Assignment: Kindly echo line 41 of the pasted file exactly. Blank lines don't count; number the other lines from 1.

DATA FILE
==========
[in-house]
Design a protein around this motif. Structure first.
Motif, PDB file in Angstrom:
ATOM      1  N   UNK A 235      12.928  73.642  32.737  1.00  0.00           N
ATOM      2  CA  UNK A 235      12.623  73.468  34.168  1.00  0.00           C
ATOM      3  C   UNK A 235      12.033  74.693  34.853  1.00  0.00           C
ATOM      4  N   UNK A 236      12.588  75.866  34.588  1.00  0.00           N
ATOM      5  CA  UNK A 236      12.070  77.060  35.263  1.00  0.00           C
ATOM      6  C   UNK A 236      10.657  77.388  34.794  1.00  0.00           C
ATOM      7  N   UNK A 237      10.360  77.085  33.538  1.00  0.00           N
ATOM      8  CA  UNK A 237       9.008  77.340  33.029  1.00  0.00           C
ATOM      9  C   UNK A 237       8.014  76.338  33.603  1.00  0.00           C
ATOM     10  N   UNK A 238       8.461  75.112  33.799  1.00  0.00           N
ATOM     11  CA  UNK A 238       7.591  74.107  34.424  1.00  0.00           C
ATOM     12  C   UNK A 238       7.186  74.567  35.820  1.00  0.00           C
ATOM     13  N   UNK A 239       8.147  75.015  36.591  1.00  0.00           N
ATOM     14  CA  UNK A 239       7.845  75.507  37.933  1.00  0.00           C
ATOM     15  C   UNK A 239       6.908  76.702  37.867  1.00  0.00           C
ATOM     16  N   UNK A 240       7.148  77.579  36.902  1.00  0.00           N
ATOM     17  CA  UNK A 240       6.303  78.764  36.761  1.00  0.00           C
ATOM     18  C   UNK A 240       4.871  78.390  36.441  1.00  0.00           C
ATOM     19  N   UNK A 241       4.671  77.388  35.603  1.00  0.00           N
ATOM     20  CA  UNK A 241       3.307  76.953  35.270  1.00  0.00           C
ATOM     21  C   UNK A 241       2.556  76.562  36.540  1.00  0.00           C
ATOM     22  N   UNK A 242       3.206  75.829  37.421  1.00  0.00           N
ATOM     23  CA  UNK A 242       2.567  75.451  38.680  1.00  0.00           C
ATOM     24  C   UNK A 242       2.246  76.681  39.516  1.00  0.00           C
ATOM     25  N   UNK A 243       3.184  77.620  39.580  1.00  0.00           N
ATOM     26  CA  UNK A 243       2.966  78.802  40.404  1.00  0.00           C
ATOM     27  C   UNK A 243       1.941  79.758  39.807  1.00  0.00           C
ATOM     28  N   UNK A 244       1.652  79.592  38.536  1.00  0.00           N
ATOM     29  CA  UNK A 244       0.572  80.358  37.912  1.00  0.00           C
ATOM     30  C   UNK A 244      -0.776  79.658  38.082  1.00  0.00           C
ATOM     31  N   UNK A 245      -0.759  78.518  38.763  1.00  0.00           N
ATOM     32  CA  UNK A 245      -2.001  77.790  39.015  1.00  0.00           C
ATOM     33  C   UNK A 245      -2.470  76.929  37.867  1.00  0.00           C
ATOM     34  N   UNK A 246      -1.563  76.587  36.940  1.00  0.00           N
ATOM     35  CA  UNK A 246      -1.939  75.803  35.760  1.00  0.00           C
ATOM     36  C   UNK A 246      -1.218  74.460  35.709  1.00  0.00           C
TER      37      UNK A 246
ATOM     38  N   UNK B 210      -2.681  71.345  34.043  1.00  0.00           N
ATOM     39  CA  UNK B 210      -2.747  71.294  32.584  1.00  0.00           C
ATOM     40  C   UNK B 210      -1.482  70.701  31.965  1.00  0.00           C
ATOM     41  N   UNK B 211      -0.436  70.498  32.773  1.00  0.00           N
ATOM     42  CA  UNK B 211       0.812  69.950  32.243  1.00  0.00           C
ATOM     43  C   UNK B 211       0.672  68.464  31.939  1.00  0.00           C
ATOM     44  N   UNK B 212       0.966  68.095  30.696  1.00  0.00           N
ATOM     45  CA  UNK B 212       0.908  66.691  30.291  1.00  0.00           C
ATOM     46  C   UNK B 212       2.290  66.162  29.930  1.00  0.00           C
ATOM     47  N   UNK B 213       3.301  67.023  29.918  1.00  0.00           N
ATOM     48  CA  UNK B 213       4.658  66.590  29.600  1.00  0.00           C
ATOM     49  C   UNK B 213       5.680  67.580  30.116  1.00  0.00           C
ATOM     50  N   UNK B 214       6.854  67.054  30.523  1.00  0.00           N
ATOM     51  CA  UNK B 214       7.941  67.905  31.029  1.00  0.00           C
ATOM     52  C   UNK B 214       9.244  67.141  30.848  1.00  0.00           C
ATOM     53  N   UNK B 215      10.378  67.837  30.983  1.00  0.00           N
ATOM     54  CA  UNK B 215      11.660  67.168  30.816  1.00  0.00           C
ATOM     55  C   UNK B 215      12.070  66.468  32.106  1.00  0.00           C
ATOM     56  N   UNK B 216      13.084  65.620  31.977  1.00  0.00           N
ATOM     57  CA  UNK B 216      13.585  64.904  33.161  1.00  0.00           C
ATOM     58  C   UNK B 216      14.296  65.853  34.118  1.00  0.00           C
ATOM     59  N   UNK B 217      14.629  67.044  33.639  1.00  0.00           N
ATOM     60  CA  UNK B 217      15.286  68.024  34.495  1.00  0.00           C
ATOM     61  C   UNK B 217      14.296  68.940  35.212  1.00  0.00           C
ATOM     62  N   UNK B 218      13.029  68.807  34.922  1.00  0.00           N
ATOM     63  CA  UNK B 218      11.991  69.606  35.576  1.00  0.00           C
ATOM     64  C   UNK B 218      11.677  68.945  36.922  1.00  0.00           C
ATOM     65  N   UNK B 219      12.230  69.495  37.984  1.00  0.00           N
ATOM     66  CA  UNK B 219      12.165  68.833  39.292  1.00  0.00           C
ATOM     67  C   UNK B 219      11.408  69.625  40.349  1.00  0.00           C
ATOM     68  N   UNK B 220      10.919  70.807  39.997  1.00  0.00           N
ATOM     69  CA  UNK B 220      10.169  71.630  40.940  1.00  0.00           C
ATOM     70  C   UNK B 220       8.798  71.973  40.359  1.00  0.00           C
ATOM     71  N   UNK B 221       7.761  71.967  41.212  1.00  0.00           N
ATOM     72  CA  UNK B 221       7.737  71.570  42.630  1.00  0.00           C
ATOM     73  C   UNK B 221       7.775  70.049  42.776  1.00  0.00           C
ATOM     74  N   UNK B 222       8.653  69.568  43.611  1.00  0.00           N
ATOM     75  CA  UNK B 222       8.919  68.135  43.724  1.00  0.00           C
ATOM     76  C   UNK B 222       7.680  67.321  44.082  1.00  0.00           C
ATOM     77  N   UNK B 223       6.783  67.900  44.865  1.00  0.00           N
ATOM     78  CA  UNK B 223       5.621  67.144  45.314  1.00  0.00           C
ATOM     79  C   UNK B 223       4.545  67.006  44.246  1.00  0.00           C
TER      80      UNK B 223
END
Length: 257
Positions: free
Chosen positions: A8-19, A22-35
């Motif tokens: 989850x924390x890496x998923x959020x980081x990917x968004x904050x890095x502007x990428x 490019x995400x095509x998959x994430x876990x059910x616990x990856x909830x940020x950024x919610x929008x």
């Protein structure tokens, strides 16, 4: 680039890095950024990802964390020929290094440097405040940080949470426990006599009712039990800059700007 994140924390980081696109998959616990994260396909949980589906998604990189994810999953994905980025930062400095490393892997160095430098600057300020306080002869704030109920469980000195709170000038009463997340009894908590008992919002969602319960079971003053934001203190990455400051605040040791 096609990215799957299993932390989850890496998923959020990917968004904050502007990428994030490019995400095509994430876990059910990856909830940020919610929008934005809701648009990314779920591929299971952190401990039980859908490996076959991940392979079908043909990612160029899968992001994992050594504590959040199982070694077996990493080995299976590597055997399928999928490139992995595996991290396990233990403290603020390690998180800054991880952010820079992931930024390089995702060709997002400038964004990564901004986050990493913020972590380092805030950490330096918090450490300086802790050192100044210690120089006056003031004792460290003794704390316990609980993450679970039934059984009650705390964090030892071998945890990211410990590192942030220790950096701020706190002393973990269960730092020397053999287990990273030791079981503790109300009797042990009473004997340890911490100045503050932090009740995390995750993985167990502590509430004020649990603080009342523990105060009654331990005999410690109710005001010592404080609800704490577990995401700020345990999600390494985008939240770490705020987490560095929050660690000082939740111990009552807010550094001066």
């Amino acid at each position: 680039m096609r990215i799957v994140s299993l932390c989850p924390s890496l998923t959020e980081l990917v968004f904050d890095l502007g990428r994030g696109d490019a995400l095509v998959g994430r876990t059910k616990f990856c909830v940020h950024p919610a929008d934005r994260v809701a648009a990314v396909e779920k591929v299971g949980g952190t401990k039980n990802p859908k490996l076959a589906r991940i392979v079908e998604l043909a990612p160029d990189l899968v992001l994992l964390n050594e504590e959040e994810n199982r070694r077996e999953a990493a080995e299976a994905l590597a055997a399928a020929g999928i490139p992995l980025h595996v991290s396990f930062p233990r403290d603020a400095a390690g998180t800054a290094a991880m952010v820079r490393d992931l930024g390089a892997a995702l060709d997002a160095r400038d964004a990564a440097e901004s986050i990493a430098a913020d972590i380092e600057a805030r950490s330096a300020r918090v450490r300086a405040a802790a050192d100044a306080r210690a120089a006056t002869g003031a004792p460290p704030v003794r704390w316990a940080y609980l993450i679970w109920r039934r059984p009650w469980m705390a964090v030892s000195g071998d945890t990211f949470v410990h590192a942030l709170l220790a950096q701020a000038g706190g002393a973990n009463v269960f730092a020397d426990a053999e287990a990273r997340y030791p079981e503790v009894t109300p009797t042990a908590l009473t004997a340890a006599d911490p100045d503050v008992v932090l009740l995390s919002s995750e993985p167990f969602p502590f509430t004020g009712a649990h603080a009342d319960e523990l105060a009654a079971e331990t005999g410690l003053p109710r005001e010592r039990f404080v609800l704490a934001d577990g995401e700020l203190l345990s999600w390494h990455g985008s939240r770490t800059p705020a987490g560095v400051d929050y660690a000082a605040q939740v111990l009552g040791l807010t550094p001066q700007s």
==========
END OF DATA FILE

ATOM     38  N   UNK B 210      -2.681  71.345  34.043  1.00  0.00           N